Josh Marshall points to Dana Bash's remarks yesterday as an example of how many journalists miss (or misrepresent) the point in the health-care debate:
Current Republican ideology...posits that it is simply not the responsibility or place of government, certainly not the federal government, to make sure everyone has health care coverage. You can agree or disagree with that premise. But it’s not hard to understand and it is not indefensible. Very few of us think the government should step in if someone doesn’t have enough money to buy a car. We don’t think there’s a right to a home or apartment where every child has their own bedroom. On most things we accept that things are not equal, even if we believe that extremes of inequality are bad for society and even immoral.
But many of us think that healthcare is fundamentally different. It’s not just another market product that we accept people can or can’t get or can or can’t get at certain levels of quality because of wealth, chance, exertion and all the other factors that go into wealth and income. This is both a moral and ideological premise.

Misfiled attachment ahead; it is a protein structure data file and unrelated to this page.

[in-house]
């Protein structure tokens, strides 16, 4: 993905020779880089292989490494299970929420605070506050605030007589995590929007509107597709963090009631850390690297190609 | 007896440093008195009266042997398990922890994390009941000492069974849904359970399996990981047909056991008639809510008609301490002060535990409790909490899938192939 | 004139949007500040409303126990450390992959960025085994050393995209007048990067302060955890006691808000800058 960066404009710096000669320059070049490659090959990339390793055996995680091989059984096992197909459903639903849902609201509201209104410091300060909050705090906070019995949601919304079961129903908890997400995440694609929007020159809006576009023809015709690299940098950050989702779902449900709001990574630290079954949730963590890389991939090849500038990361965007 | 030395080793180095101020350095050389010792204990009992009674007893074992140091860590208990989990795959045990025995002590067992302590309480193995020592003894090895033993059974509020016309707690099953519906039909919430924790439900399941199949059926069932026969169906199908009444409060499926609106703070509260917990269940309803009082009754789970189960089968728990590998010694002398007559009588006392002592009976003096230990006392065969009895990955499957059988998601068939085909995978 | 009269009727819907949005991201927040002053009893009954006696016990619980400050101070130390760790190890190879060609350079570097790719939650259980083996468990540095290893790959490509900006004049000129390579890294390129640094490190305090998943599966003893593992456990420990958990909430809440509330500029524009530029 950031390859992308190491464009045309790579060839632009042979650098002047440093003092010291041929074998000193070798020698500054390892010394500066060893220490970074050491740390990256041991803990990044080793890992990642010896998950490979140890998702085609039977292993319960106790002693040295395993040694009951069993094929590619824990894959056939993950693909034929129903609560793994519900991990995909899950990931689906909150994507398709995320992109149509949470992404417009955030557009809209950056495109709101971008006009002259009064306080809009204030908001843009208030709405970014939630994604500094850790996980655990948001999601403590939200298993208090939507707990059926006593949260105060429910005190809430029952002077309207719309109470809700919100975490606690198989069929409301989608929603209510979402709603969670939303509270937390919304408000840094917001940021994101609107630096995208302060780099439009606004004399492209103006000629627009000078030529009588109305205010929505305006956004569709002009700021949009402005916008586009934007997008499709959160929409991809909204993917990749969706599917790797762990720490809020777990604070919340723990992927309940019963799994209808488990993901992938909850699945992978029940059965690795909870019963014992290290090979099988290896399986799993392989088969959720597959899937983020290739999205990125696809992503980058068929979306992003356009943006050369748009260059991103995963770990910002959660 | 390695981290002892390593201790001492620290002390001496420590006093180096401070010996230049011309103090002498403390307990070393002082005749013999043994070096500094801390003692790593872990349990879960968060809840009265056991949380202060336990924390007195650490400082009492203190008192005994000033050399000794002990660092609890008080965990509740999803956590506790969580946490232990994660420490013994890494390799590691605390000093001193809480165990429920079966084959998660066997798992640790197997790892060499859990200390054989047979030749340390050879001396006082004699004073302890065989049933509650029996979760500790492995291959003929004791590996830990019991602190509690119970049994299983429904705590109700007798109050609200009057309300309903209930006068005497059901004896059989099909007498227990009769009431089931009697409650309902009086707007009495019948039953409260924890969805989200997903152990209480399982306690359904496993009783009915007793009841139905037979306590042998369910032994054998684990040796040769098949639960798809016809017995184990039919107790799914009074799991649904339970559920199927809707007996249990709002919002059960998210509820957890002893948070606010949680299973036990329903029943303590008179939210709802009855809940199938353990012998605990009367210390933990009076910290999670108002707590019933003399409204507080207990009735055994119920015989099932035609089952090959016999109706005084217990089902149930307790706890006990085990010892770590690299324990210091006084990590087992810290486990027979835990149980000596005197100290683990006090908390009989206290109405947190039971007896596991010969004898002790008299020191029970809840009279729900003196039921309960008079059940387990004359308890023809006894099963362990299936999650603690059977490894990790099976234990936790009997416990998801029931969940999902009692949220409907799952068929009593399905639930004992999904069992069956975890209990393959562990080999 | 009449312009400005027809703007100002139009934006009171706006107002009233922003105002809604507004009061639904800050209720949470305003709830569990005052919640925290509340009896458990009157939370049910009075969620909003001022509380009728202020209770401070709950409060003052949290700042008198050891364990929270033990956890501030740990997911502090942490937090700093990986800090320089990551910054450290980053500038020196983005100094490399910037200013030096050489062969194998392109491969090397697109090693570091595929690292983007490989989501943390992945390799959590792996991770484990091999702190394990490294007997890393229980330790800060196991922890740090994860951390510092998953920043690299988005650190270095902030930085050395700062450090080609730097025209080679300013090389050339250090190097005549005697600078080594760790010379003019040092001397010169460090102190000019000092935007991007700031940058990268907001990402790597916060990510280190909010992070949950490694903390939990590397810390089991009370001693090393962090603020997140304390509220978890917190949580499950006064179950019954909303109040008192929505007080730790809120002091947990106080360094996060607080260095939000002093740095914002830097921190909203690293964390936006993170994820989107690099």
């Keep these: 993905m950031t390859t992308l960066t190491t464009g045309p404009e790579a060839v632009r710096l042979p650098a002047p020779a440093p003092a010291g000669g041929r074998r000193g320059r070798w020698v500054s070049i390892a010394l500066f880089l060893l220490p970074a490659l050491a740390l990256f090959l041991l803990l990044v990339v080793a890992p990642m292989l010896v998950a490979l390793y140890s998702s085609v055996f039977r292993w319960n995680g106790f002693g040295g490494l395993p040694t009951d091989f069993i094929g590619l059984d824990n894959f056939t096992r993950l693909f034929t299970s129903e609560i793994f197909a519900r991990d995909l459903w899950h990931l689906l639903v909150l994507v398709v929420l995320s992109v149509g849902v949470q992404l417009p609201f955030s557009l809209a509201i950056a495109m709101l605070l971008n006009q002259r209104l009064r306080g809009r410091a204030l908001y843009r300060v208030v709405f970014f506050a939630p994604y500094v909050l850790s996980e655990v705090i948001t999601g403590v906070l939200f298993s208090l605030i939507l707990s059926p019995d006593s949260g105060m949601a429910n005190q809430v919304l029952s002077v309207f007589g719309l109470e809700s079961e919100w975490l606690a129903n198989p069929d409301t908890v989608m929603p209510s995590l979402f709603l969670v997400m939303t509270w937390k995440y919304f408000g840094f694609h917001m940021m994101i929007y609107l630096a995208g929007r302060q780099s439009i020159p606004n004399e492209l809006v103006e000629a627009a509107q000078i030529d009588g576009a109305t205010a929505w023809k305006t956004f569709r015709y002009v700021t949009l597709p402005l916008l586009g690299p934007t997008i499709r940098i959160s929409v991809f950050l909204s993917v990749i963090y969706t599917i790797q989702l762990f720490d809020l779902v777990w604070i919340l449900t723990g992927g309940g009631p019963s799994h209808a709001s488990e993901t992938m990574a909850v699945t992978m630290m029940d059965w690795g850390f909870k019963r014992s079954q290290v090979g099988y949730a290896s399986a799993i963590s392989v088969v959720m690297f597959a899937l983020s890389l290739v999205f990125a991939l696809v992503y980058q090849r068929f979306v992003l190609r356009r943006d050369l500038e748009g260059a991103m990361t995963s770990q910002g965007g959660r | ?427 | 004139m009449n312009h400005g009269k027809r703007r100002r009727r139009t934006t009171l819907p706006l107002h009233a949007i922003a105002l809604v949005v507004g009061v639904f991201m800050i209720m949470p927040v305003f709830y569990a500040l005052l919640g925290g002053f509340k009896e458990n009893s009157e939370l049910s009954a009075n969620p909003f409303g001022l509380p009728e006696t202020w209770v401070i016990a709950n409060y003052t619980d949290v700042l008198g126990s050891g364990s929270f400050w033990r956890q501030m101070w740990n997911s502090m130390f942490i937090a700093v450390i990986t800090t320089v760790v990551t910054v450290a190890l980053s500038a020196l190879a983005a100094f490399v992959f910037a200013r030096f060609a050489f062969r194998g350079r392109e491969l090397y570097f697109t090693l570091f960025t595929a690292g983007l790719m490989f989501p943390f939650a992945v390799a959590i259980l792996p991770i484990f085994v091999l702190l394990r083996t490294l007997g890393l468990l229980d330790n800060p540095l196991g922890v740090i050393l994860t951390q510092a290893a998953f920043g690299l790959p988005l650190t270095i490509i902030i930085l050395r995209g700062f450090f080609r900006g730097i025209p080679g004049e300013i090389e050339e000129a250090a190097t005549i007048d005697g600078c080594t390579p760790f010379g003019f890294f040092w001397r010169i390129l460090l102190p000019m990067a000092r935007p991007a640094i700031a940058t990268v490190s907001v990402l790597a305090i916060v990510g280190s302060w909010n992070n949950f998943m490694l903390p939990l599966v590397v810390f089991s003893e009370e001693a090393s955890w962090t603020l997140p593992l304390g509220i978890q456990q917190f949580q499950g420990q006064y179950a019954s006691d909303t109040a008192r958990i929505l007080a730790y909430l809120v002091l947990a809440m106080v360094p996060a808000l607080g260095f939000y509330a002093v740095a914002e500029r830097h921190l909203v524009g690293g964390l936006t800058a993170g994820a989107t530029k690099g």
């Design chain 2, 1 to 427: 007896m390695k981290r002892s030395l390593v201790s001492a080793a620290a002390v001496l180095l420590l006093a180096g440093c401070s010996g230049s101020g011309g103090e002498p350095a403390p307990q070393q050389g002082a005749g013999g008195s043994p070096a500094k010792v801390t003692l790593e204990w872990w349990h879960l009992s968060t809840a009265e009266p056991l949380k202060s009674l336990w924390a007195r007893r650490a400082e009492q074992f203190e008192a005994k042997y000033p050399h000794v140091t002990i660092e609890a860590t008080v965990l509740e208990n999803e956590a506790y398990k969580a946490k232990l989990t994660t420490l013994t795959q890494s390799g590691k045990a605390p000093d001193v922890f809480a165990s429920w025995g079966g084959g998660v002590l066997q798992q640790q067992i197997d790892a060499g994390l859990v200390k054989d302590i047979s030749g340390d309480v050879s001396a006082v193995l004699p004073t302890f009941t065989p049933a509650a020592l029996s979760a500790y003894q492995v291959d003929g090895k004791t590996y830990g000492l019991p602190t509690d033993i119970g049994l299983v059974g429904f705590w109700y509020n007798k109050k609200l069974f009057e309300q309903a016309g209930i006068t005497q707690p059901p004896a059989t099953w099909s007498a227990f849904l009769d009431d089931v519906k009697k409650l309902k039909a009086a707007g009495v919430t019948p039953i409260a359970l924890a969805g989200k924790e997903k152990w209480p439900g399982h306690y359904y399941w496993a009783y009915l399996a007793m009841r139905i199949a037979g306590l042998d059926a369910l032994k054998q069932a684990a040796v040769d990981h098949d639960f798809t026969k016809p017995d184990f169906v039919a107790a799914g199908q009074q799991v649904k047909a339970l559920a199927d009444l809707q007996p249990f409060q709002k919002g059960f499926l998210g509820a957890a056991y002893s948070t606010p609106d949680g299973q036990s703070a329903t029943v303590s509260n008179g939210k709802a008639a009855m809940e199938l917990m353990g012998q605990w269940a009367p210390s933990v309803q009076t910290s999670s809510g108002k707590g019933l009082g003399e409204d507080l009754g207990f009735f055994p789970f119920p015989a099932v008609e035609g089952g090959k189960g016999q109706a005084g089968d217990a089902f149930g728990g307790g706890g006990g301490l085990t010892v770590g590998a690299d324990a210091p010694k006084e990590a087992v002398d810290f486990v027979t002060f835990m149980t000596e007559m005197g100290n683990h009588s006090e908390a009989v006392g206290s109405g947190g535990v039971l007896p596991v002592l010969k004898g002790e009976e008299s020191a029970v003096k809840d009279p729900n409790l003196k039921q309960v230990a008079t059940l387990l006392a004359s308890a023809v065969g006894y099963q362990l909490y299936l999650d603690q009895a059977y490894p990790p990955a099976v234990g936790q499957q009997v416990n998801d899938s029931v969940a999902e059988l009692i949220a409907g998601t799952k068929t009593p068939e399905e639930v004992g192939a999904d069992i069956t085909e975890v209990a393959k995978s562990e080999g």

Pretending that both parties just have very different approaches to solving a commonly agreed upon problem is really just a lie. It’s not true. One side is looking for ways to increase the number of people who have real health insurance and thus reasonable access to health care and the other is trying to get the government out of the health care provision business with the inevitable result that the opposite will be the case.
At least the Times editorial board is calling the GOP plan a hoax.